It’s 1973, and a thirty-something widow has been cajoled by a young hippie parasite into financing their vacation to a nudist colony in the Northern California mountains. The night before their departure, however, she arrives home to learn that she and this man will be accompanied by the stripper on his lap. At Camp Freedom Lake, the trio meet a womanizing evangelist, a bumbling Zen gardener, and a pair of aging drug-addled swingers from Holland. Together, they’re catapulted through one improbable event after the other, each stranger than the last, until finally the woman who was dominated by her fear of past and future finds herself reveling in the great here and now.
D. Foy’s Absolutely Golden is a radical departure from his two previous novels, Made to Break and Patricide. It’s comic, ebullient, magic, light, gently surrealistic. It’s rollicking, effervescent, slyly profound. But more, this brisk tale offers a kaleidoscopic look at parts of the 1970s we haven’t often seen in fiction—nudism, New Age philosophy, Eastern religion, the occult, swingers culture, California culture, and then some.
Best of all, Foy tells his story in the guise of a woman obsessed with the notion that she’ll never find another man until she’s rid of what she believes to be a mysterious curse. As if written in the marriage of Vladimir Nabokov, Renata Adler, and Anaïs Nin, her words transport us from doubt, despair, and dread into states of increasing wonder and euphoria.
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“Imagine that Virginia Woolf fell asleep reading A Midsummer Night’s Dream and called up a fizzy time and place that didn’t yet exist: 1970s California. In Absolutely Golden, D. Foy—on whose sentences we can stake our lives—has distilled pure, mind-blowing enchantment.”
“D. Foy has a profound understanding of both the human tragicomedy and the eternal tension between the yin and yang of carnal desire and the whip-cracking superego. His narrator Rachel, a 38-year-old schoolteacher and widow, is a funny, effortlessly likeable character who wants to believe in other people’s goodness but knows not to trust appearances, especially when stumbling through her stay at a nudist colony with a ne’er-do-well boyfriend and his stripper ‘cousin.’ Absolutely Golden is a wholly original novel full of extraordinary, richly-drawn characters who find themselves in—no surprise—supremely memorable situations.”
“Absolutely Golden encapsulates everything that is sexy, irreverent, absurdist, and hilarious about America. It’s a mid-life check-in, a stripped examination of identity, a self- and social transformation. D. Foy is an American hero—or should I say, anti-hero—and this book is for all of us, all of you, even as it is wholly and singularly his own. It will slay you. There is no other like it.”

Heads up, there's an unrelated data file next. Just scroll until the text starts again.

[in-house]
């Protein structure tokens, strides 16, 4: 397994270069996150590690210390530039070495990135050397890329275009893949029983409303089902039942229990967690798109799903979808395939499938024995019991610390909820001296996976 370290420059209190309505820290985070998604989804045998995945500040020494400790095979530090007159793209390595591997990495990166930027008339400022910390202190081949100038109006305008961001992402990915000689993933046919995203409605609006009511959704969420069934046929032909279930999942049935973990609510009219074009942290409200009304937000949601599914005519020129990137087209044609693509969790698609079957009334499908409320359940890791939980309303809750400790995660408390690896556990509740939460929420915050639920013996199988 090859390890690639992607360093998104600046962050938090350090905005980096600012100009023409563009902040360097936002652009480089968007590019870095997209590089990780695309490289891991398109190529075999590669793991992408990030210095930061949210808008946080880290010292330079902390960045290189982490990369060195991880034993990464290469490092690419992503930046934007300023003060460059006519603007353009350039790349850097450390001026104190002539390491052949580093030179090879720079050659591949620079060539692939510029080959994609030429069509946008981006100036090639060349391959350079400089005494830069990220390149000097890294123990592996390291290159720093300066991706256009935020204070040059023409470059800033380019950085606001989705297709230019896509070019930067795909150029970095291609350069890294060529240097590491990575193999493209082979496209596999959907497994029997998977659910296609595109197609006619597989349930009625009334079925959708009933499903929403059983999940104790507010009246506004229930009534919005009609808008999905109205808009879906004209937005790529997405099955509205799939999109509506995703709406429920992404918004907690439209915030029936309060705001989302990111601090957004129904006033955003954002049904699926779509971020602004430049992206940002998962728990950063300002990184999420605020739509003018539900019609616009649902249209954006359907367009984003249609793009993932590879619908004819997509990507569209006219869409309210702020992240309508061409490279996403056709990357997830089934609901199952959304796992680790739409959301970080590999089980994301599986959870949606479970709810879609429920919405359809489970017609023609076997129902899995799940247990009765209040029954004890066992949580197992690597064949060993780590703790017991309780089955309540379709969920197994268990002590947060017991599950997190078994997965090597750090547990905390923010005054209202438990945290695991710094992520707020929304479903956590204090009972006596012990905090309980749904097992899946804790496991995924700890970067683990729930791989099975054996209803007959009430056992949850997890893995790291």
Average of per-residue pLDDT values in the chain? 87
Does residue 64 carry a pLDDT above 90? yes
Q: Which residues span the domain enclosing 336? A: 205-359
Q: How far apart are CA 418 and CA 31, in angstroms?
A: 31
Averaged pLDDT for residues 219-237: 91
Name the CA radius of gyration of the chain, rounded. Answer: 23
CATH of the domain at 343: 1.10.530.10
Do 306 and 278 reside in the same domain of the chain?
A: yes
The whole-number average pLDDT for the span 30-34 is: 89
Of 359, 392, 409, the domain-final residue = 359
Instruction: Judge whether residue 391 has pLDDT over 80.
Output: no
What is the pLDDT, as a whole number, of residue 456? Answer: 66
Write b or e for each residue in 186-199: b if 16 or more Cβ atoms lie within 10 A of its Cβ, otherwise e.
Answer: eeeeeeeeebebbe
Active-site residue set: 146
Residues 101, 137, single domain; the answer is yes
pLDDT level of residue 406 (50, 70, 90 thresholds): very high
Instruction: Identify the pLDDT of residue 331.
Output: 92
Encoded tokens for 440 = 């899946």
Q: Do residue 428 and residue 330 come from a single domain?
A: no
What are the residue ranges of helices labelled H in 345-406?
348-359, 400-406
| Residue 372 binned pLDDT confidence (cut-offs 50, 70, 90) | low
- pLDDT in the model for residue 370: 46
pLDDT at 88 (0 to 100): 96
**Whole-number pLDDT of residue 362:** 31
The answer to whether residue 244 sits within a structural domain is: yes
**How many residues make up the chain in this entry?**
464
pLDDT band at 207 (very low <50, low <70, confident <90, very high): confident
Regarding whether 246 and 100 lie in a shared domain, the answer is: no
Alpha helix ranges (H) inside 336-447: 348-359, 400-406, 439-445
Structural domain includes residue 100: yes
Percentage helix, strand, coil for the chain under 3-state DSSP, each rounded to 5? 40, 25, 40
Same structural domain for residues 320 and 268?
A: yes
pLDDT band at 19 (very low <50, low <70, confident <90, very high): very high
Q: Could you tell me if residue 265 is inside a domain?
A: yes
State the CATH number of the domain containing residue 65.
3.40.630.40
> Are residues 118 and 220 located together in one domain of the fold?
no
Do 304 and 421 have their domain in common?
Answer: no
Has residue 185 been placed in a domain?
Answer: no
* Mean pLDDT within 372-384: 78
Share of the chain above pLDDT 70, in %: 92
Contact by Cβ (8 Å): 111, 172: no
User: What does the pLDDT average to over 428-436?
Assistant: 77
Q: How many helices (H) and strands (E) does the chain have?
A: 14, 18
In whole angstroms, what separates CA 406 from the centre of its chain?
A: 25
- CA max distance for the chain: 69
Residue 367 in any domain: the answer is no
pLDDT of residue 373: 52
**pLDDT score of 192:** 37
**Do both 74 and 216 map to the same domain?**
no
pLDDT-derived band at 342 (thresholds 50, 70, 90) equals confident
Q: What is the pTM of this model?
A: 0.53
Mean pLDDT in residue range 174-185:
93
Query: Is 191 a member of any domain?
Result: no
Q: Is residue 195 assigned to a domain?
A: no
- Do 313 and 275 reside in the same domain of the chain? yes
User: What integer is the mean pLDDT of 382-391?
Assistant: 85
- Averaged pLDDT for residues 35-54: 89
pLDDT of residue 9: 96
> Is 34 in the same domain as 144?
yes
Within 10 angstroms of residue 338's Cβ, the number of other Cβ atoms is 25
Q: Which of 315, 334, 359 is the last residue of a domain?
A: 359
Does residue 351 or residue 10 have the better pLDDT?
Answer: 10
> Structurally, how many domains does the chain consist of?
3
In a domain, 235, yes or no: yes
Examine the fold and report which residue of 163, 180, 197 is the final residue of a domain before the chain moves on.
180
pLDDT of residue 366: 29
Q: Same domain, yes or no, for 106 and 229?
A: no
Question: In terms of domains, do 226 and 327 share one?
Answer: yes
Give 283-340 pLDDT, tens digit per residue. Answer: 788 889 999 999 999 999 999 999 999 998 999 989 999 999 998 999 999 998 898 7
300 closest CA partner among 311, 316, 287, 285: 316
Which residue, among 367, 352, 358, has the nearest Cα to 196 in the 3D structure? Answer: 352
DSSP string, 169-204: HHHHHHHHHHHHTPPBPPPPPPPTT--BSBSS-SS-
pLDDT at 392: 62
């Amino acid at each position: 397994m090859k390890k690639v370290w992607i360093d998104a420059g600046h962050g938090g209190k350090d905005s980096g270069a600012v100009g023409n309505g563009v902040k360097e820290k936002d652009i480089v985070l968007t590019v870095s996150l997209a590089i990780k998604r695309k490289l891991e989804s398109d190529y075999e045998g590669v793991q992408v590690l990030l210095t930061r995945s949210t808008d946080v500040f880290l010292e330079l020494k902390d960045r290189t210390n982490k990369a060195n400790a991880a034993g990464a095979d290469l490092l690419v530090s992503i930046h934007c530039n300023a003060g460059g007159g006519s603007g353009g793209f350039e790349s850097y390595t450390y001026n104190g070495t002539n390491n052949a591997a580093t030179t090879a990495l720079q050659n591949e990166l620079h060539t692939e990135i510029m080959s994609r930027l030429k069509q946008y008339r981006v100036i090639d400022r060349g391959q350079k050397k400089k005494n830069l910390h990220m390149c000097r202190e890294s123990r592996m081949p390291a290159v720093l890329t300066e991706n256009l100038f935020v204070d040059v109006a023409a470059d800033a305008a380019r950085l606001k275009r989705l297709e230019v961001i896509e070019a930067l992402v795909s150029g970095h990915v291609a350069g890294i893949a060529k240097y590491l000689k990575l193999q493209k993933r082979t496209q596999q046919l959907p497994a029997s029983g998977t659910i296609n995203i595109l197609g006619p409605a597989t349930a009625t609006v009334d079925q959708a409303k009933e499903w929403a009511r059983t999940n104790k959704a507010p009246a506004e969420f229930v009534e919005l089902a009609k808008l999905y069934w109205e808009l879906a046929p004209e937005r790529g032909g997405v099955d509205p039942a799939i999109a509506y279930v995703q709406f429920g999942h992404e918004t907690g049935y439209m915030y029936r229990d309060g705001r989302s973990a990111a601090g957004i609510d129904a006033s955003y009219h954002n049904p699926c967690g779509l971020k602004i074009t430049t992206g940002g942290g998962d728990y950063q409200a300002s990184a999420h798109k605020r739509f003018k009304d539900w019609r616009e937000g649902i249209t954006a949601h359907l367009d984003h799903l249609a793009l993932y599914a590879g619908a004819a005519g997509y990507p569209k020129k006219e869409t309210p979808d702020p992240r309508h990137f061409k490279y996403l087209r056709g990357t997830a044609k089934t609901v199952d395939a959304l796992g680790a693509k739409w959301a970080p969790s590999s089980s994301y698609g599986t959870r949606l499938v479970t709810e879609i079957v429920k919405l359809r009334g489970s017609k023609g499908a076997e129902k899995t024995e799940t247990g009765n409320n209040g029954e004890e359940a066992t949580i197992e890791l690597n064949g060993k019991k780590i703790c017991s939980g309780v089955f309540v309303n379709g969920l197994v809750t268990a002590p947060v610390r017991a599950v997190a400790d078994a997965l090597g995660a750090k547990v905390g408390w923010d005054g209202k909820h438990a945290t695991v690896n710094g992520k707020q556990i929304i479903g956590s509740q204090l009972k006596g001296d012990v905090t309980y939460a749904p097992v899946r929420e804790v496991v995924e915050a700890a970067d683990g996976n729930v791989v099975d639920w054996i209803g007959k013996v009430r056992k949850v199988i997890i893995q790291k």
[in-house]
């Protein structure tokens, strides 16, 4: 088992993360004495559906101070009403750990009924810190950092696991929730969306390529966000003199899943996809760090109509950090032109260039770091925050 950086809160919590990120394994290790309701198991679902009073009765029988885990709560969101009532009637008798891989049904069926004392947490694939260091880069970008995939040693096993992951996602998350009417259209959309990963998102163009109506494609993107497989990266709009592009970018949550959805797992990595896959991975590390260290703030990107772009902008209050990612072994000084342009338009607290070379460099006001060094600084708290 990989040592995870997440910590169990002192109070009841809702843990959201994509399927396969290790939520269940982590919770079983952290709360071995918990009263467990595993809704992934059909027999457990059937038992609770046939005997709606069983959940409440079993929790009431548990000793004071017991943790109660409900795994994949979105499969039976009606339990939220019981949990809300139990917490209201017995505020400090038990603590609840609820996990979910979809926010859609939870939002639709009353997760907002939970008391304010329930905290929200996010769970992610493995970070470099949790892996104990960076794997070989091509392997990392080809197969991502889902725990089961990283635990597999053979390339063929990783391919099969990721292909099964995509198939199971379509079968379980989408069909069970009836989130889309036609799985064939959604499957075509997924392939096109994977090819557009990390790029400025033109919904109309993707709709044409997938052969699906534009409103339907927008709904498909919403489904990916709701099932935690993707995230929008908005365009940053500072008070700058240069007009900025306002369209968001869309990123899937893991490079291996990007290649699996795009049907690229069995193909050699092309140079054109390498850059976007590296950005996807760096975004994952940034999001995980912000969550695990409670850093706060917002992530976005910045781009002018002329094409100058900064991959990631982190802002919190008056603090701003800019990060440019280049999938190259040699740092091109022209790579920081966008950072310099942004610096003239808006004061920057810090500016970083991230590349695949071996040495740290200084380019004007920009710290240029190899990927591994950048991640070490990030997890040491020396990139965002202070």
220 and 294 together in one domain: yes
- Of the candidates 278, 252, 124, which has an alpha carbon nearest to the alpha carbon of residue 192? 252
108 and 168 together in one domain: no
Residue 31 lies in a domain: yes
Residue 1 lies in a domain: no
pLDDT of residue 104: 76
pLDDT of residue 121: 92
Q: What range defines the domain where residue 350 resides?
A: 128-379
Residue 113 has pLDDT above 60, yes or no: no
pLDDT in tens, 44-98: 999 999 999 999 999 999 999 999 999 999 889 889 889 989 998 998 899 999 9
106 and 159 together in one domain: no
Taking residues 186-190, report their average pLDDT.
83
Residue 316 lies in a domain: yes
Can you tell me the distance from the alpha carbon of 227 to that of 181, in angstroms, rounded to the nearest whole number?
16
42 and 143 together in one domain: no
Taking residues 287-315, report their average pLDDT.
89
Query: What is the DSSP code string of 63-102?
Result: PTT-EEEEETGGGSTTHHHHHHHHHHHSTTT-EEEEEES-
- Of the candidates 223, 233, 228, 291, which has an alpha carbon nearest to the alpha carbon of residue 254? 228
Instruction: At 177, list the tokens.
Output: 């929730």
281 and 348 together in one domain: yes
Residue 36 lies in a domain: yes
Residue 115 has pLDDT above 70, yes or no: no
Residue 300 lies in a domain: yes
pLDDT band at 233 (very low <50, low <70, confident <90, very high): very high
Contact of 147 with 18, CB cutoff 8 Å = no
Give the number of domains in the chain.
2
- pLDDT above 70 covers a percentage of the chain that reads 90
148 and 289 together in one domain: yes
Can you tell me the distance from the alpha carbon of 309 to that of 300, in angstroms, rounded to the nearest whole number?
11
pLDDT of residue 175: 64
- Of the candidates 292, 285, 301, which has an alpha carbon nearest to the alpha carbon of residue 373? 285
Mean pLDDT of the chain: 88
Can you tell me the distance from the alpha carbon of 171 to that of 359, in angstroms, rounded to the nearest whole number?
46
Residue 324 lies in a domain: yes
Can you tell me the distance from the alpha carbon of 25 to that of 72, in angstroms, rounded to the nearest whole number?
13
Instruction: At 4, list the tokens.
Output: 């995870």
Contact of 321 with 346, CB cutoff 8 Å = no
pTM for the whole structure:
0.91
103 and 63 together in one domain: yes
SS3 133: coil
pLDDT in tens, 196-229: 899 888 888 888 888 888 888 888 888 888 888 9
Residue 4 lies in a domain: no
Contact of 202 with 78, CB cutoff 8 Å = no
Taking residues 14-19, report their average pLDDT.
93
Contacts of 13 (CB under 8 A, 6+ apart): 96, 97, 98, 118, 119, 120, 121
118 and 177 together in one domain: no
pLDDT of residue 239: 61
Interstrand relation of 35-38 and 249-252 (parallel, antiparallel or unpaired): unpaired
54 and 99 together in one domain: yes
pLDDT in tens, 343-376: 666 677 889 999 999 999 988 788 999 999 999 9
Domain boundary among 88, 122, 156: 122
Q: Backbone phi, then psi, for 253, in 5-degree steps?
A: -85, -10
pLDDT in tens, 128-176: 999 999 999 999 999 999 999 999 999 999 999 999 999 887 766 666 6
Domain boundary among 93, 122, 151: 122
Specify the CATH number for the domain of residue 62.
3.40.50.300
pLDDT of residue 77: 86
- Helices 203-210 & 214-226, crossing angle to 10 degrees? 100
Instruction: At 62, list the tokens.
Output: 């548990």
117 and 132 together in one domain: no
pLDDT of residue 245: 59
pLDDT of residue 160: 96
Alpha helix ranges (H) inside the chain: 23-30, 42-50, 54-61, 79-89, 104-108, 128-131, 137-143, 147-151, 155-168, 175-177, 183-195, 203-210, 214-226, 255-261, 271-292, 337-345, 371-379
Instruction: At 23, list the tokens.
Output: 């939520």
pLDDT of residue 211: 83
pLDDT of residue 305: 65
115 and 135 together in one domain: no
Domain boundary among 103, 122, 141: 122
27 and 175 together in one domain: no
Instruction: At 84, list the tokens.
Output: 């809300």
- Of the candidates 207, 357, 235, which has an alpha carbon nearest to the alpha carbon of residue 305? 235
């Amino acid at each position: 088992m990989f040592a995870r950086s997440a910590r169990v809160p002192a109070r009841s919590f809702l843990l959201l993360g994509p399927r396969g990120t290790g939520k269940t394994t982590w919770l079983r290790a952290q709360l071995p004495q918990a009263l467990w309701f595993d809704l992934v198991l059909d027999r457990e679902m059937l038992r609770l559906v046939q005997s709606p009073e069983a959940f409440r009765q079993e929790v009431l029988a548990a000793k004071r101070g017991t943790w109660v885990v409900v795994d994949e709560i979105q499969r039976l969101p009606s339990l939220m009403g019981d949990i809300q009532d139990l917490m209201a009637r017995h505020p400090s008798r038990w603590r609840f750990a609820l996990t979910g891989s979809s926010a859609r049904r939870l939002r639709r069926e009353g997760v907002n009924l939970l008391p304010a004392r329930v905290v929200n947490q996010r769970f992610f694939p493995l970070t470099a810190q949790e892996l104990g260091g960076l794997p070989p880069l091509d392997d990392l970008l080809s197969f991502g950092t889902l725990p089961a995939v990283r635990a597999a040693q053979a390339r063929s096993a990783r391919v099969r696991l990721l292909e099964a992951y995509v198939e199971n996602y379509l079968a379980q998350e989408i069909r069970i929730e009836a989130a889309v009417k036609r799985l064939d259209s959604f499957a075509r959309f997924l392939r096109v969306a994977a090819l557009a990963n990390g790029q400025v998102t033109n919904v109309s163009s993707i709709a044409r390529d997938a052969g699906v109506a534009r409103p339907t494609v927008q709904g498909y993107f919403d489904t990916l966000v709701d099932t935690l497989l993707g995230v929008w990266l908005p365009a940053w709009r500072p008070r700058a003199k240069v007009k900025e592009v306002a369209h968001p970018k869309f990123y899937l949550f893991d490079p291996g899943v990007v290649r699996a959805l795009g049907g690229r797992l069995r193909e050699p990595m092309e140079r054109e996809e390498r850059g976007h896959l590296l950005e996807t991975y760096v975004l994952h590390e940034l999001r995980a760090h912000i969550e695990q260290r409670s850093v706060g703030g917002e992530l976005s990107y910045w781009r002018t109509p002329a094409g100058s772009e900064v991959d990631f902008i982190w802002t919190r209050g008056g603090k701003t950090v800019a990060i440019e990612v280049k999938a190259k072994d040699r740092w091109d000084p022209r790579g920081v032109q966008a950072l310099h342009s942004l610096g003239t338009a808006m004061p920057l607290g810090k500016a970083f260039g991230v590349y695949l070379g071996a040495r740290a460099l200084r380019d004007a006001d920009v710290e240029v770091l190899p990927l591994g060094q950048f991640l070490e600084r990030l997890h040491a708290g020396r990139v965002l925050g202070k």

“Absolutely Golden is a luscious, chewy journey through the hopes and deceptions of 1970s alt-America. Its bawdy characters will enchant you; the vitality of D. Foy’s prose will make you weep. He is one of the most urgent and original fiction writers working today, and to read him is a reminder to keep dreaming out of bounds.”
“Absolutely Golden absolutely captures the hairy salaciousness of the 1970s in a tight, beautifully-rendered little package. Gyrating seamlessly between the hilarious and profound, D. Foy’s prose never falters, and the Vaseline-smeared lens he directs onto the subculture of naturism at its peak is at once unsparing and wonderfully doting. I love this book.”
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Michael T. Fournier reviews Absolutely Golden at Vol. 1 Brooklyn: “Absolutely Golden is a complete joy, hilarious and affecting . . . It has everything: intrigue, recovery, carnival atmosphere, a naked jazz band, and tons of gags. D. Foy continues to showcase his virtuosity of tone and voice, and you’ll be laughing on the train, as people around you try to figure out the cover’s prominent cleavage. This one’s for acolytes and for long-standing fans.”
Joseph Edwin Haeger reviews Absolutely Golden at The Big Smoke America: “Reading Absolutely Golden was like reading an impromptu jazz performance . . . D. Foy take[s] a preexisting form and create[s] something new . . . I kept thinking about the Beat movement and how Kerouac and Burroughs were able to tell a story by tying it into a pretzel, but in the end give the reader something poignant.”